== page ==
On June 3, 2018, torrents of hot ash, rock, and gas poured down ravines and stream channels on the slopes of Volcán de Fuego—Guatamala’s Volcano of Fire. More than three weeks after the eruption, the Landsat 8 satellite continued to detect elevated temperatures in some of the pyroclastic flow deposits.
The avalanches of volcanic debris swallowed hundreds of homes, killed more than 100 people, and injured thousands. As rain mixed with ash and rock in the weeks following the eruption, volcanic mudslides (lahars) sent debris tumbling down drainage channels on Fuego’s southern slope. In the natural-color image above, the pyroclastic flow and lahar deposits appear as tendrils of gray amidst the green, forested mountainside.
At the moment of eruption, the magma had a temperature of about 1000 degrees Celsius (1800 °F) Though the debris cooled rapidly in the rainy weather that followed the eruption, pyroclastic flow deposits in the Las Lajas drainage basin (southeast of the summit vent) remained 4 to 6 degrees warmer than the surrounding landscape when Landsat 8 passed over on June 24, 2018. Temperatures were also elevated in volcanic deposits in the Santa Teresa and Ceniza drainages. The former is west of the summit vent; the latter is southwest of the vent. In the thermal map above, warm areas appear bright and yellow; cooler areas are purple and blue. Undeveloped, higher-elevation areas with vegetation have lower land surface temperatures than lower-elevation developed areas.
“Fuego left pyroclastic flow deposits that cooled down quickly at the surface but are still very hot inside,” explained Michigan Technological University volcanologist Rüdiger Escobar-Wolf. “Cooling deposits can show surface temperatures above the background level for a long time—weeks, or even months. However, that temperature may be only slightly above the background level, as the heat from the interior slowly seeps out of the deposit to the surface.”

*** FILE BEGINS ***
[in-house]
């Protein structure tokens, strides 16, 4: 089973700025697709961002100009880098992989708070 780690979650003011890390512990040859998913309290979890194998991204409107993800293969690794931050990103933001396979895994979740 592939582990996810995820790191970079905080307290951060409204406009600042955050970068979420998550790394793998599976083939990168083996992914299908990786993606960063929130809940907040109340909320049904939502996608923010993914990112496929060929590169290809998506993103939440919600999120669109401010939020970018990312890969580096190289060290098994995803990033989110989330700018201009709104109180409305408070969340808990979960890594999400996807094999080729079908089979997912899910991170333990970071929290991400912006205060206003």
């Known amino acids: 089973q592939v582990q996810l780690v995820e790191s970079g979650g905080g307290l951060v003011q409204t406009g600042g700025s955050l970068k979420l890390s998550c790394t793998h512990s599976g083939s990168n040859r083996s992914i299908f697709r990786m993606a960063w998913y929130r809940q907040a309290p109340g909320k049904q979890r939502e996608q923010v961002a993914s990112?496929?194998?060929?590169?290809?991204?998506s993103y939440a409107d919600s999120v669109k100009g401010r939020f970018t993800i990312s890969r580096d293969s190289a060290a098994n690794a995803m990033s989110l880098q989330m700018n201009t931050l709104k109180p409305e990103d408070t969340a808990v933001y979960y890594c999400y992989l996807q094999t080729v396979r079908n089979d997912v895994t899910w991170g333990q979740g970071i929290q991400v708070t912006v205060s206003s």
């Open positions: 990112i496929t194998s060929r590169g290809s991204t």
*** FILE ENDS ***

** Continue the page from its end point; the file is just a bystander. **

Though the warmest deposits are generally the thickest, the warmest deposits did not necessarily cause the most damage. For instance, the Guatemalan town that saw the highest number of deaths and the most destruction—San Miguel Los Lotes—does not stand out as a hot spot, possibly because of the search-and-rescue operations that occurred in that area. In the frantic aftermath of the eruption, rescue teams cooled volcanic debris by overturning and pouring water onto warm deposits as they searched for people that had gone missing.
It is possible that disaster response teams could use thermal data from Landsat or other satellites to aid in search-and-rescue efforts. “If an eruption happened at night, and officials were not sure of the distribution of pyroclastic flow deposits this kind of data could be used to help determine where to search for survivors,” said Escobar-Wolf. “Though you would have to have clear skies and a satellite overpass at just the right time.” Those requirements pose significant hurdles. Since the eruption, Landsat satellites have acquired five nighttime thermal infrared images of Fuego, but this is only the first clear one.
Thermal data has tremendous value for volcanologists conducting research on pyroclastic flows. “Getting measurements of the heat from the deposit can help us establish the initial temperature and tell us something about the origin of the flow,” said Escobar-Wolf. “It can also tell us something about how thick a deposit, which can initially be difficult to tell by looking at them in the field.” The lack of heat near the summit, for instance, indicates that the volcanic deposits visible in the natural-color image are actually quite thin.
NASA Earth Observatory image by Lauren Dauphin, using Landsat data from the U.S. Geological Survey. Caption by Adam Voiland, with information from
Rüdiger Escobar-Wolf (Michigan Tech) and Janine Krippner (Concord University).